Wheels on bicycles are speed multipliers, just like wheels on cars. At its center, the axle is turned by pedals and gears. Wheels turn only a short distance on the axle, but their leverage allows them to turn much farther on the outer rim. That’s how wheels make you go faster.

Bicycle wheels are usually taller than most car wheels, measuring over 50cm (20 inches). As the wheels grow taller, their speed multiplies when they are turned at the axle. Due to this, racing bicycles typically have taller wheels (approximately 70cm or 27.5 inches wide). 

At the end of the day, the wheels can support your overall weight in an interesting way. Sitting on a solid seat would cause the wheels to squash down (compress), then push back up to support you. In reality, most bicycle wheels are composed of a hub, a thin rim, and about 24 spokes that are highly tensioned. 

As opposed to solid metal wheels, bicycle wheels use spokes to increase both strength and weight and to reduce drag (some riders use oval-shaped spokes, rather than traditional rounded spokes, to further reduce drag). 

As a result of this information, you would probably better understand what a wheel does on a bicycle. It has a number of components attached to it, so let’s take a closer look at them now.

1. Wheel Rim

A rim is the outer part of a wheel that holds the tire and provides a braking surface (for rim brakes, not disc-equipped bikes). Rider comfort could be greatly affected by the width of the rim, while braking performance will be affected by the material of the braking surface. 

Role of Wheel Rim 

Rims play an important role in reducing friction, handling, and gas mileage. To keep your tires on your bike tight and leak-free, your rims must be in excellent condition.

Traditionally, bike tires used tubes to hold air, and tires were casings for protecting the tubes. Nevertheless, modern tires have tubeless construction, so a tight seal with the rim is imperative. 

Note: A cracked rim could cause your whole wheel to break without warning. Therefore, ensure you always check them and keep them to the best of your ability.

2. Spokes and Spokes Nipples

It is a connector material between the hub and the rim. There are usually different numbers of spokes on the front and back wheels, with the rear wheels generally having a higher number of spokes attached to increase strength and stiffness. In general, a wheel with more spokes is stronger but heavier also.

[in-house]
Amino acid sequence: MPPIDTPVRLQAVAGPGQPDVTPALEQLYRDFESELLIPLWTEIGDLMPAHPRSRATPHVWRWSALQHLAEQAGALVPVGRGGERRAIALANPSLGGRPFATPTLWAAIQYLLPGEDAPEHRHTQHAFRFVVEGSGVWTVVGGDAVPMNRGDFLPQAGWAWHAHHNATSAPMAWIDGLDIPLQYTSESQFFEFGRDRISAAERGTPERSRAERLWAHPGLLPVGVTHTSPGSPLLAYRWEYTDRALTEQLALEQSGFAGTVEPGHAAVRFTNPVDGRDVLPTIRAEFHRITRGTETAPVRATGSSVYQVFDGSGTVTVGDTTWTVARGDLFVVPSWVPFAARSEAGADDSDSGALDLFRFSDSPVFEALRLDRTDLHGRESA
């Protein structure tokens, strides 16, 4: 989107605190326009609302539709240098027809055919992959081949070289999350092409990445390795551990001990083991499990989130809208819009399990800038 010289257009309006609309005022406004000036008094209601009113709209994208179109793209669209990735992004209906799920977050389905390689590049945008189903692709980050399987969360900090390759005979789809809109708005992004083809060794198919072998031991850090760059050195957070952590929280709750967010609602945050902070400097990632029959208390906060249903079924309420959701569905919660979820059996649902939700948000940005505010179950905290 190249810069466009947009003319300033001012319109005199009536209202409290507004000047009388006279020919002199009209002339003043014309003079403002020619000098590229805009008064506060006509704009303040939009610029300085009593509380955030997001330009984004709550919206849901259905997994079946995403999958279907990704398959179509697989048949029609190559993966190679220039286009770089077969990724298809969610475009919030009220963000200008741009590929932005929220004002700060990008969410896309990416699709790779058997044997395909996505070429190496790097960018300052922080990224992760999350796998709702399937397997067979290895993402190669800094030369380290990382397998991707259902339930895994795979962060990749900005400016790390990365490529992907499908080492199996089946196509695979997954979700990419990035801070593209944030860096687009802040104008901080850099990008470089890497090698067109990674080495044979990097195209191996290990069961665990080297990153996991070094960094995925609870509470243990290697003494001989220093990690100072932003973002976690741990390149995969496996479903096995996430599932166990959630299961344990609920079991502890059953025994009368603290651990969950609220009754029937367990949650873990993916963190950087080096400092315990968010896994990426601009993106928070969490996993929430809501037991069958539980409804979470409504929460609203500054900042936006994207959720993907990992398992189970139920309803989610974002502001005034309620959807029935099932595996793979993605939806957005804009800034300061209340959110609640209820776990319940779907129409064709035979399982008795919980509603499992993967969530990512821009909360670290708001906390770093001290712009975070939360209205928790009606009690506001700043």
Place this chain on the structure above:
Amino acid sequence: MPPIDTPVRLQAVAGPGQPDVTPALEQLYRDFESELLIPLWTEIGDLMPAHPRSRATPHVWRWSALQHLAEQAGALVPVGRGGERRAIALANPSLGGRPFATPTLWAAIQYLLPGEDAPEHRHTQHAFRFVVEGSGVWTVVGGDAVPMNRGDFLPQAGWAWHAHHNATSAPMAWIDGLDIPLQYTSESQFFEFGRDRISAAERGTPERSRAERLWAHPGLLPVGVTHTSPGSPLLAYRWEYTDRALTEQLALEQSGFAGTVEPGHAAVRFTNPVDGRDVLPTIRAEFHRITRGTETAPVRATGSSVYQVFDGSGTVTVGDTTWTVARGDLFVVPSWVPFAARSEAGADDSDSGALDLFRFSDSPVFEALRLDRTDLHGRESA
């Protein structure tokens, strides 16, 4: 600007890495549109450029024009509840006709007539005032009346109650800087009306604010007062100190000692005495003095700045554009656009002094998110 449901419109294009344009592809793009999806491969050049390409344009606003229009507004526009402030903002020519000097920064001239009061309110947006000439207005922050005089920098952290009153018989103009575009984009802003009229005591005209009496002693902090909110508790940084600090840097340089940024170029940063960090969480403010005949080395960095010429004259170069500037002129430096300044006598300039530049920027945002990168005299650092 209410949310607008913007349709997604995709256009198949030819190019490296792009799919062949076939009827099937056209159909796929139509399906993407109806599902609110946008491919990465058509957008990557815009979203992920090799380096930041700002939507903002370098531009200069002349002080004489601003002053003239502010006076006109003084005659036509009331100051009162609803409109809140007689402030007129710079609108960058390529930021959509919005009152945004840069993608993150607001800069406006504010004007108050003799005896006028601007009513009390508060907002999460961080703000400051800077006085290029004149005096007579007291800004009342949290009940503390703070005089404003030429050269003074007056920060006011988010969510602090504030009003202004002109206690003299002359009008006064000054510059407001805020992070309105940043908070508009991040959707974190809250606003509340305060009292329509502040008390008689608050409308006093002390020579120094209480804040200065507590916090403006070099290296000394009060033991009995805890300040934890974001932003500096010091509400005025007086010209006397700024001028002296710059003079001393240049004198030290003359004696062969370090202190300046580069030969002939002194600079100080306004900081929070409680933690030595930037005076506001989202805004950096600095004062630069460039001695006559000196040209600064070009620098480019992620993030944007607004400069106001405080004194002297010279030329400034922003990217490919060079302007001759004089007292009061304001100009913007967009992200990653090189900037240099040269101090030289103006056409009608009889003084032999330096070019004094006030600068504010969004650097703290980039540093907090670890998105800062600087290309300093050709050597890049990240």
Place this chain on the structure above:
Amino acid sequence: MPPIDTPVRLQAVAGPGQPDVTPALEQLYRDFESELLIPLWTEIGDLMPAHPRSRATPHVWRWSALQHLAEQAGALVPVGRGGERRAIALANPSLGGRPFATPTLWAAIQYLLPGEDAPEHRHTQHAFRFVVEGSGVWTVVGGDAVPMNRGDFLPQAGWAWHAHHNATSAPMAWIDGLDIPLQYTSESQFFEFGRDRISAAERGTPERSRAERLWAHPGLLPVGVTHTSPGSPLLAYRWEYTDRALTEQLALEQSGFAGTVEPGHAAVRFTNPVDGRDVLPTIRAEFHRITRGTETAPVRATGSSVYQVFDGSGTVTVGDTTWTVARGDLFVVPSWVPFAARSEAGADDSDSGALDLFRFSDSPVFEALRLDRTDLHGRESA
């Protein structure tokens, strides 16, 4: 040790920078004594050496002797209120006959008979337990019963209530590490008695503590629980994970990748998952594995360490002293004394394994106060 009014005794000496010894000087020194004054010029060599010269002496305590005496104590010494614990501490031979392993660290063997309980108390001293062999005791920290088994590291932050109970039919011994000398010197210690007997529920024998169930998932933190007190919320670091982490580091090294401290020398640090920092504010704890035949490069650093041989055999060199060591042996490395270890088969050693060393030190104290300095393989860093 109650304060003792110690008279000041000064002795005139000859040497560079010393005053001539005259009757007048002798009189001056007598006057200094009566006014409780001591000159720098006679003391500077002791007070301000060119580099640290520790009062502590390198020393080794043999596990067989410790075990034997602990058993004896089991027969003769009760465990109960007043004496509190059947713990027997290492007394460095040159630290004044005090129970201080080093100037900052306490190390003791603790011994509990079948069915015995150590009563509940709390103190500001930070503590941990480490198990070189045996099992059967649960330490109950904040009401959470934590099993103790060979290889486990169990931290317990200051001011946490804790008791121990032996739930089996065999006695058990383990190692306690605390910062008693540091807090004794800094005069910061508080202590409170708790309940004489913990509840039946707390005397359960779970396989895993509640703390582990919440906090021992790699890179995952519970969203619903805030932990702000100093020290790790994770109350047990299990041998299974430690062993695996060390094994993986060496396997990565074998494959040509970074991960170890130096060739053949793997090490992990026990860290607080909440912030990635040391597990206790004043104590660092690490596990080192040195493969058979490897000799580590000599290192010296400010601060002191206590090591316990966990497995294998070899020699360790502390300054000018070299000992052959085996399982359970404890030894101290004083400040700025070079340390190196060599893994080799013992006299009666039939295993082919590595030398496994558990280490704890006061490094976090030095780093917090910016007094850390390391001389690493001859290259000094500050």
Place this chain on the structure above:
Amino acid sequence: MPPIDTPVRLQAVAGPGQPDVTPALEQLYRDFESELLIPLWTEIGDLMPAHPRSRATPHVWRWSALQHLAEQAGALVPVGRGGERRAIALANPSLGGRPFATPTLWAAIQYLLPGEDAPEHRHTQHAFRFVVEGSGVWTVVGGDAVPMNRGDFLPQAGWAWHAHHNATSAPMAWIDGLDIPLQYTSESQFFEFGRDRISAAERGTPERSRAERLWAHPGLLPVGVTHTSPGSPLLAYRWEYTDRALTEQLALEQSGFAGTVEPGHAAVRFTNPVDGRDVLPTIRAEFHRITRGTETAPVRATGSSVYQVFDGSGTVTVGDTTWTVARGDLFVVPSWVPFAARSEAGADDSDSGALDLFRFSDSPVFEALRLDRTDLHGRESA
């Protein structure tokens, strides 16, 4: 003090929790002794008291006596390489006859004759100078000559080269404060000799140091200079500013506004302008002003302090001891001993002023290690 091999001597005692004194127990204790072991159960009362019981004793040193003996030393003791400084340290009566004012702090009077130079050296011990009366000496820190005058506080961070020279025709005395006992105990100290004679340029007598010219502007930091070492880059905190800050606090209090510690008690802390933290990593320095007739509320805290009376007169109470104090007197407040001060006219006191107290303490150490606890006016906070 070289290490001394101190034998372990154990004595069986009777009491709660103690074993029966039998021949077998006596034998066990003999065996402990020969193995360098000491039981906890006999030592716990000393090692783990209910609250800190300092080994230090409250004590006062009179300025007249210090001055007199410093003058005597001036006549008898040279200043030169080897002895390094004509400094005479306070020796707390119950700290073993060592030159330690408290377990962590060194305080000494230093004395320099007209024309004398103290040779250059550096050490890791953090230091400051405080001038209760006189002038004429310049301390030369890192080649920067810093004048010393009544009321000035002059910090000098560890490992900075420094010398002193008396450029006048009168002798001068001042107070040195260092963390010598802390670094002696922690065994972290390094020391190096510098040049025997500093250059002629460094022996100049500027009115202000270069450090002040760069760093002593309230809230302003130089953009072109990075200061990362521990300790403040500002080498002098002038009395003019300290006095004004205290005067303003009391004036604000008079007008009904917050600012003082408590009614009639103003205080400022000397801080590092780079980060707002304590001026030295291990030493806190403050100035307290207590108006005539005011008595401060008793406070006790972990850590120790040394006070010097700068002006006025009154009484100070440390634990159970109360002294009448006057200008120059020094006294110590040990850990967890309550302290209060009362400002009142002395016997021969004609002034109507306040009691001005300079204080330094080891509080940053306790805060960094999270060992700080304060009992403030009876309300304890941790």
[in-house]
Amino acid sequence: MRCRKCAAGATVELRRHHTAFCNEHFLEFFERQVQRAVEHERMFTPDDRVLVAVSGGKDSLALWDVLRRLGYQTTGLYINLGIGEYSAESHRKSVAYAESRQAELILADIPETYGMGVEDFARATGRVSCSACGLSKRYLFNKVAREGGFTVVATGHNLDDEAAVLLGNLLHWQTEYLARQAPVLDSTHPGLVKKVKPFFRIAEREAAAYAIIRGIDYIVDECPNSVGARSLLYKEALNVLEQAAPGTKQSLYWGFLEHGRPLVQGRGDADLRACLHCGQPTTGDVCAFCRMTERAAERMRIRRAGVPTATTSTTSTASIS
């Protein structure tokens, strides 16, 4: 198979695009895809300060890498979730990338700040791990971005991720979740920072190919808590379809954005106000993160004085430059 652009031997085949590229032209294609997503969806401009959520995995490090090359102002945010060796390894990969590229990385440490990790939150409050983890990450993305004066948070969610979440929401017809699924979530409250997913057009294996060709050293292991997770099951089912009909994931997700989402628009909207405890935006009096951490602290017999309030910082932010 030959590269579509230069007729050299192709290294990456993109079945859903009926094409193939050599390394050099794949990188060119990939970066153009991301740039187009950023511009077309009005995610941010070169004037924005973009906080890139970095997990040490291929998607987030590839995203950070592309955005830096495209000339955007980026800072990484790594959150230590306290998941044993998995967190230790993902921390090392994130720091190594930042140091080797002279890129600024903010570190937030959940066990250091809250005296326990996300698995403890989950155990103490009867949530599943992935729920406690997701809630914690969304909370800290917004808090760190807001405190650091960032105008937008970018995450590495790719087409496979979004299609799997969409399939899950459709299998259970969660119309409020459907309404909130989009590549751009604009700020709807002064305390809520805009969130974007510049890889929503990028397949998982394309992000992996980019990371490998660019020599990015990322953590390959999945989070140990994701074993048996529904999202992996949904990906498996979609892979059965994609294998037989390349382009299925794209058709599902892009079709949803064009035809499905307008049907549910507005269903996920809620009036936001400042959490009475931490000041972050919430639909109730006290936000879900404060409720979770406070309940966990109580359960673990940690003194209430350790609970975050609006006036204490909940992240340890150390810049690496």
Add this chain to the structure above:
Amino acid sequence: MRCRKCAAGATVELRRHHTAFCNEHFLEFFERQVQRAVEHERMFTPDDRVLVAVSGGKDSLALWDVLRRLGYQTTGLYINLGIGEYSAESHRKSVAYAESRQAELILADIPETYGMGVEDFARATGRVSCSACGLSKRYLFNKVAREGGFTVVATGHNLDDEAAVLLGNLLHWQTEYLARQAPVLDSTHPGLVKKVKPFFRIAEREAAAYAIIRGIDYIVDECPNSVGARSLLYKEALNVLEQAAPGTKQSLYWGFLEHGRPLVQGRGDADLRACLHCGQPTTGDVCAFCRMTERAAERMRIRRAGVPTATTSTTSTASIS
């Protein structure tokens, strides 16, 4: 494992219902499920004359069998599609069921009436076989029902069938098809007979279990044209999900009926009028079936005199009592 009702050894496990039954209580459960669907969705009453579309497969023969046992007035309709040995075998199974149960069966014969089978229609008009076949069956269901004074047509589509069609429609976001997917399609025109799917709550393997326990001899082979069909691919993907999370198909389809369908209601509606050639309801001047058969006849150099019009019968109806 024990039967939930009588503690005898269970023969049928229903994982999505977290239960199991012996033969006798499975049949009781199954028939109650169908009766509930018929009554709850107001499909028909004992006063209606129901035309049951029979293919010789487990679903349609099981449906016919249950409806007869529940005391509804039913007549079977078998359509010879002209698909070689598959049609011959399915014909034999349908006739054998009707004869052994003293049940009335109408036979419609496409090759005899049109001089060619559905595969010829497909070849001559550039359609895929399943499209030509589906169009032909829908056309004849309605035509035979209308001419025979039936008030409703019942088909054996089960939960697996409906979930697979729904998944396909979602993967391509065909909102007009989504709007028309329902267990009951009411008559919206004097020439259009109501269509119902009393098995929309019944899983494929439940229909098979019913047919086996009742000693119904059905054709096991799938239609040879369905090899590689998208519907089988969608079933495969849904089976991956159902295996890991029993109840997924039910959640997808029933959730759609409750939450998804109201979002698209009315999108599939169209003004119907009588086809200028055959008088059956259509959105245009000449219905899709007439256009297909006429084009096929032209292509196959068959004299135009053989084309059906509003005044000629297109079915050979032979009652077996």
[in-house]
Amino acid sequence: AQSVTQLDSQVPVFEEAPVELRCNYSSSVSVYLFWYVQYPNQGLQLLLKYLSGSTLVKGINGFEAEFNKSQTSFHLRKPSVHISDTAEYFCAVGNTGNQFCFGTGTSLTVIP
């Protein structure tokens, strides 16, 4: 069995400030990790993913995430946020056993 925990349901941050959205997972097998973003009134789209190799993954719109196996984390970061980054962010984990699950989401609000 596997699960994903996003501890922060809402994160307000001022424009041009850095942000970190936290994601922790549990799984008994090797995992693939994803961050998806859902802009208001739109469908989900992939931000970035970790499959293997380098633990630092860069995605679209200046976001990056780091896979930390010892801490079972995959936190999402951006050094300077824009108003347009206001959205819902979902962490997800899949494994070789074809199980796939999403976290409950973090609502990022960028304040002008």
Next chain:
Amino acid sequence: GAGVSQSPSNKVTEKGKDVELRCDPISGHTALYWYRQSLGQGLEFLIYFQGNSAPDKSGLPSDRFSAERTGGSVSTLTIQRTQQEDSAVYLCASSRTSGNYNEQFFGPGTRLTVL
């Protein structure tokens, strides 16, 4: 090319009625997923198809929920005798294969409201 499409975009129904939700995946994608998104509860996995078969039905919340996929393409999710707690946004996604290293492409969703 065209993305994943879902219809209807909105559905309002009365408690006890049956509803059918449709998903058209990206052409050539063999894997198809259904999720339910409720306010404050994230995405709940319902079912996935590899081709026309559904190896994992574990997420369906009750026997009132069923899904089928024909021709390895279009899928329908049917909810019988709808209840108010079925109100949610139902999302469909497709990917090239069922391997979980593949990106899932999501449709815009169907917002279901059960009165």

To maximize strength or improve aerodynamics, spokes are made from a variety of materials and shapes. In most cases, spokes are made from steel wire, but their shapes and diameters can vary greatly.

Spokes nipples are small cylindrical metal parts used to connect a bicycle wheel’s spokes to the rim. They are used to tension and secure the spokes to the rim, helping to provide the wheel with strength, rigidity, and the ability to handle the pressure of the rider.

3. Tire

It’s important to know the three different tire types that fit on a wheel since they require different rims. A wheel will specify whether it is compatible with clincher, tubular, or tubeless tires. Clincher tires are most common on road bikes, which need inner tubes to hold air.

A. Clincher 

Unless otherwise stated, it’s safe to assume any new bike will have clincher tires. A tube is required to inflate and hold air in clincher tires, and a steel or kevlar fiber bead is on the edge of the tire.

B. Tubular 

Tubular tires widely known as “tubs” also use inner tubes, but they do so very differently. Basically, they have a sewn-in inner tube that is attached directly to the tire, which is then glued directly to the rim.

Since tubular tires are lighter, roll more smoothly, and have a better road feel, professional racers almost exclusively use them. It is also possible to ride on tubular tires even if they have flat tires because there is relatively little chance that the tire will roll off the rim.

C. Tubeless

Tubeless tires, as the name suggests, do not use an inner tube and instead, form an airtight seal with the rim.

In many ways, it’s similar to the technology found in modern cars and motorbikes. There are many reasons why tubeless tires are preferred to clincher tires, including their reduced friction, lower pressure, and better puncture protection.